Noah W.'s blog is full of technological exploration, findings, programming, and the life of a young developer.
In today's world, starting a blog should be easier than it ever has before. One has countless platforms in which to choose, all with more features than any web developer of the early aughts could have ever dreamed of. So why did I find it so incredibly difficult? Ignoring the fact that one must have creativity and motivation to continue a blog, I had a hard time just trying to get a blog setup that even looked nice. Why is it so hard: the software is too much.
One can argue that Microsoft word is a well-developed and mature word processing solution capable of so many different things. So why, then, would somebody ever choose to use Notepad (a product also developed by Microsoft) when Word is arguably so much better? It's the same reason why people prefer physical buttons to advanced touchscreens in cars: sometimes simpler is better.
I had an incredibly hard time trying to find blogging software that was simply enough for my to easily integrate into my current site design and was simple enough to customize or add features if I wanted to. I am one person. I don't need multiple content editors, a review process, add-ons, modules, galleries, etc. I wanted something to share content, that is all! So what you see here is a custom blogging solution I've written in VB.NET. It is a simple application that allows me to post my content and organize it on my website in a simple, date-ordered list.
I plan to document this software and share it on my site as open-source code as soon as I have the time to do so. I will be posting a short series on the software as I add new features and get things documented. Stay tuned!
Published: 6/10/2014 9:37PM
Article by: Noah Wood
Life so far has been pretty crazy. I started the semester with more to do than I anticipated. Though, I'm not sure how I didn't expect to be busy working two jobs as a full time student.Regardless, I do have some updates I wish to share. I plan on posting some new projects soon. I have a guide in the works about Nintendo's gameboy games and how to replace the batteries in games. I also have another life tips guide on what services are most compatible with devices. I have used so many different phones/tablets/computer operating systems/online services that I have become almost an expert in which ones work best for which people. Expect that to come soon.
Published: 9/21/2013 11:55AM
Article by: Noah Wood
In 2009, I wanted to save some money and get a smartphone, which put me in the position to either move to T-Mobile (offering the G1) or Sprint (Offering the Pre). While the Palm Pre was a very nice phone, I wasn't thrilled with it, and I felt that the feature set on the G1 was better. In all honesty, I never expected Android to go very far, but it's amazing how wrong you can be sometimes. I had the G1 for about 1.5 years, at which time I went between it and a used original iPhone I picked up. When our 2-year contract was ready for renewal, I opted to get the G1's successor, the G2x, the first Android phone with a dual-core processor (the NVidia Tegra 2). I loved my G1 when I first got it. The Google Maps navigation was already out at that time, and was amazing. The keyboard was something that really appealed to me, and was a very flexible, functional phone.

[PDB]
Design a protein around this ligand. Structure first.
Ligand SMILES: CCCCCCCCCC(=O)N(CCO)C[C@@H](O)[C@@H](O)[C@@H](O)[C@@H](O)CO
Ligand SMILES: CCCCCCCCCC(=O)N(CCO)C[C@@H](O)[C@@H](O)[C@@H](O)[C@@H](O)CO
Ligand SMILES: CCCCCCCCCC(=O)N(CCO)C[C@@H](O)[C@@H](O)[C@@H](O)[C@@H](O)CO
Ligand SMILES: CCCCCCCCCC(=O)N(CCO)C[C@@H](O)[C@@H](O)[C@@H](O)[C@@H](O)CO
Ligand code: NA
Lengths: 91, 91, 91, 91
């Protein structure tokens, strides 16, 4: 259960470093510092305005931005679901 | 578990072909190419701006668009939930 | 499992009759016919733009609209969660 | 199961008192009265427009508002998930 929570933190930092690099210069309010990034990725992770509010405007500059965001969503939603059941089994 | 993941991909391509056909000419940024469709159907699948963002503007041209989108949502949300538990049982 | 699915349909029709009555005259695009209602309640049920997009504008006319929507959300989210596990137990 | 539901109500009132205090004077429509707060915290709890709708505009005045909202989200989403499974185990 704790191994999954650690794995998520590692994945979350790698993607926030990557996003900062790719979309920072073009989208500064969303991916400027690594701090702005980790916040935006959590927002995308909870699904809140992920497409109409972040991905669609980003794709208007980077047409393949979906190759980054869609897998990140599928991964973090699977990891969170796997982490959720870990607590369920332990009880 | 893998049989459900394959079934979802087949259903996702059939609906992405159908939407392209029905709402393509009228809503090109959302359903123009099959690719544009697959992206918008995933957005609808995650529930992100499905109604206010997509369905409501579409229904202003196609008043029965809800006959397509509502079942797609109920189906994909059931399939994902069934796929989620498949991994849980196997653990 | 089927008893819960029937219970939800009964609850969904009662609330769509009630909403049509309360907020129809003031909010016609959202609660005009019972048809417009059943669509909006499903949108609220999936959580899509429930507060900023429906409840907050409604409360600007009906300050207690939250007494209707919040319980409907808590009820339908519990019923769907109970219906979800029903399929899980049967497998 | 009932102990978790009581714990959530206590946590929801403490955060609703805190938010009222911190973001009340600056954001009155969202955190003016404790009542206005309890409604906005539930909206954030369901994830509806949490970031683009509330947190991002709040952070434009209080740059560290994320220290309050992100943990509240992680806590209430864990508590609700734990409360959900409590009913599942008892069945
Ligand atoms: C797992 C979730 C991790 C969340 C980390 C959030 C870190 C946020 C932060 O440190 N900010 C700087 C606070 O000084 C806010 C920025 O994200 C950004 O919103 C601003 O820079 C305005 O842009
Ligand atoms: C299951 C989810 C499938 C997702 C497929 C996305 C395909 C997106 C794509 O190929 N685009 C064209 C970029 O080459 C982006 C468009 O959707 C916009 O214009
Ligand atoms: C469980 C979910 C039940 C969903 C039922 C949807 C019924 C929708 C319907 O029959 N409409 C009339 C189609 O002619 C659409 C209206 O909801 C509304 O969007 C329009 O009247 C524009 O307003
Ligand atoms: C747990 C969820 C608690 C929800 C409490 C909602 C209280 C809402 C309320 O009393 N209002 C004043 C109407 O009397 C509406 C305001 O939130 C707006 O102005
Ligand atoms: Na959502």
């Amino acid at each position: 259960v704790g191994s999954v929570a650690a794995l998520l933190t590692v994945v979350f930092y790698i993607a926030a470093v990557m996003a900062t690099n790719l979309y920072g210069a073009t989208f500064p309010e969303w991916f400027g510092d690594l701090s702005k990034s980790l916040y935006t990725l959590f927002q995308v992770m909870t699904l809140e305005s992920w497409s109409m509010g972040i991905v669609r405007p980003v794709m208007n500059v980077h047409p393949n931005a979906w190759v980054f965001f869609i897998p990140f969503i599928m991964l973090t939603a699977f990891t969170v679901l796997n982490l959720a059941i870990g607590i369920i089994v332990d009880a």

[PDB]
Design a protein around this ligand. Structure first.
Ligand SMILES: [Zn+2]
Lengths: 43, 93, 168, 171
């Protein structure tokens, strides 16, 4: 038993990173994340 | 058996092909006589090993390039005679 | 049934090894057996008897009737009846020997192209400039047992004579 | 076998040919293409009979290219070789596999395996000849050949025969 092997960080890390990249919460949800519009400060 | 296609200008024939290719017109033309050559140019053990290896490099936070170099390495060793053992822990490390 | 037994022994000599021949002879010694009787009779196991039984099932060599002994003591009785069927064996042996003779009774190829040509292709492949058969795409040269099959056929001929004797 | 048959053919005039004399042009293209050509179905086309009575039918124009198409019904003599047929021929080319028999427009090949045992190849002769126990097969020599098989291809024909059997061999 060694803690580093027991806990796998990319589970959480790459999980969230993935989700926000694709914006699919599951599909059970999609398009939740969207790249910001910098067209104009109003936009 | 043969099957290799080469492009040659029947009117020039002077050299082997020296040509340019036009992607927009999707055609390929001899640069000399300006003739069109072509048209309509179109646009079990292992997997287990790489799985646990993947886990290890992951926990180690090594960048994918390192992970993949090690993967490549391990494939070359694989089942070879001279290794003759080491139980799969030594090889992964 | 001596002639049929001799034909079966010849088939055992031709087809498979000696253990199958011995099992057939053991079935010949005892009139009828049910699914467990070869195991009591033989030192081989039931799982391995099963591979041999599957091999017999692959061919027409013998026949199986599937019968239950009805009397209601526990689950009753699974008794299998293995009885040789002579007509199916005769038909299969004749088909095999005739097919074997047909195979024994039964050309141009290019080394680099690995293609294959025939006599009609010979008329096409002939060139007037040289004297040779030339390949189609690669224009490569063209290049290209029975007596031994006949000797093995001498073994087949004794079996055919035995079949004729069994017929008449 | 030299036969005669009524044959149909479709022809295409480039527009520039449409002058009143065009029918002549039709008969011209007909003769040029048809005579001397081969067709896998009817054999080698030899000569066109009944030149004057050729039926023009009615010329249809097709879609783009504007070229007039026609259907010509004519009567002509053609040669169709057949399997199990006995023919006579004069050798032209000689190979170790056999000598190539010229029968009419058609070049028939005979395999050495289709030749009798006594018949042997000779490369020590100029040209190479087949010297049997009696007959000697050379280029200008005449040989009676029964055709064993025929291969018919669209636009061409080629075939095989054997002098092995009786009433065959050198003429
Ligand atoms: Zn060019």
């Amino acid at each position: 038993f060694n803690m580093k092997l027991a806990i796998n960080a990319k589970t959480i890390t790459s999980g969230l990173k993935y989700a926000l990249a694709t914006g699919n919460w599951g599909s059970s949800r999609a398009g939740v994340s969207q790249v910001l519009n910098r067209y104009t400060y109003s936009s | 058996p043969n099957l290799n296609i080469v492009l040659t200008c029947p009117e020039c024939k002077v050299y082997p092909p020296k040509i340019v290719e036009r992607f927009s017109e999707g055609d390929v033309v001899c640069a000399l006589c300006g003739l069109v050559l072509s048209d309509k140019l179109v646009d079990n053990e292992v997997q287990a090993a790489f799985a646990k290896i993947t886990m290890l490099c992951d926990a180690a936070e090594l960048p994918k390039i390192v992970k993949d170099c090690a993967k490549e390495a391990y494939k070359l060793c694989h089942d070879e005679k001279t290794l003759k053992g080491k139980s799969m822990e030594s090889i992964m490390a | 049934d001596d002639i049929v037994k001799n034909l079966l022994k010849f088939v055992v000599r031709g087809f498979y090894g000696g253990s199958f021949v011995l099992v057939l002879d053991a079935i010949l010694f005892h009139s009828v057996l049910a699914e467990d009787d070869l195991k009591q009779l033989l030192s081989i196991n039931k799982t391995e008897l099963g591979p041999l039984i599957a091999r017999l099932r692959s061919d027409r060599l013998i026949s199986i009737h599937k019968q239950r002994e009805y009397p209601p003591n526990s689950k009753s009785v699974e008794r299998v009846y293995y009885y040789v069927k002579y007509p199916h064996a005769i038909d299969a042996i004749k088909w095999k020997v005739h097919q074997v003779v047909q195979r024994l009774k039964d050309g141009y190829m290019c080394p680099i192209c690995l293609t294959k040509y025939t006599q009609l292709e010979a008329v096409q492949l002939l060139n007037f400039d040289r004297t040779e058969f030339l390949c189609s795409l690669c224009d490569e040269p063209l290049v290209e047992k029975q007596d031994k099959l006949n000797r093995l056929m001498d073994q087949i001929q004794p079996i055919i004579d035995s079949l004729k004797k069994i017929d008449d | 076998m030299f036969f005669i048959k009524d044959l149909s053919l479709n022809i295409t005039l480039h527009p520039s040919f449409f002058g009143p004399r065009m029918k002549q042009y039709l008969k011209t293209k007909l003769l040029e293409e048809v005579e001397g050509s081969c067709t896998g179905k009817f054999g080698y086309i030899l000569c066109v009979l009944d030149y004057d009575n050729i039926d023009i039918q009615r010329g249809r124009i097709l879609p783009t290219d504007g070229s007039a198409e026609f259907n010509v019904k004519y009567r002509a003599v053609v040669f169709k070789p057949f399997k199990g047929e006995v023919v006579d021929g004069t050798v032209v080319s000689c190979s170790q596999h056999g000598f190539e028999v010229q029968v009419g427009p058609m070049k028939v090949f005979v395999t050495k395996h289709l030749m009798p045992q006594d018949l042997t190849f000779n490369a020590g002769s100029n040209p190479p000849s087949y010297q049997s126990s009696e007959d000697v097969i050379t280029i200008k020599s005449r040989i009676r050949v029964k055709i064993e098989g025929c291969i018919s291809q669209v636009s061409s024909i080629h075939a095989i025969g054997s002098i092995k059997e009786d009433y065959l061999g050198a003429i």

The problem I had was Android was outpacing itself very quickly. The G1 became obsolete and slow after 6 months of having it. When I finally did get my G2x, it was blazingly fast in comparison. But during that time, it was hard to really like Android. It was still incredibly unpolished and had a lot of issues keeping up in even the simplest tasks, like using the browser. The transition to Android 4.0 and 4.1 (ICS and Jelly Bean) has been phenomenal for the platform. My phone today is the Galaxy Nexus and it's running Android 4.2. I think that Google just started caring about design, this can be seen with the improvements to the UI (in the form of Holo), Google Now's cards interface, and the overall smoothing of bumps in the platform as a whole. This is great for consumers, as Google's push for a design-first approach makes Apple work equally as hard on improving iOS, a win-win. In many respects iOS is a more fluid experience, but I think that Android's improvements have made it almost par with iOS. Today, I love the platform and don't have hesitation recommending it to family (with the right phone, of course). Although I do ponder switching to Windows Phone to get a taste of Windows Phone 8. Personally I like the design language and mentality of Windows Phone more than either Android or iOS, and my next phone will likely be a Windows Phone. But for now, I'm very happy with my Galaxy Nexus and look forward to what Google has in store for Android in 2013.
Published: 3/13/2013 11:32AM
Article by: Noah Wood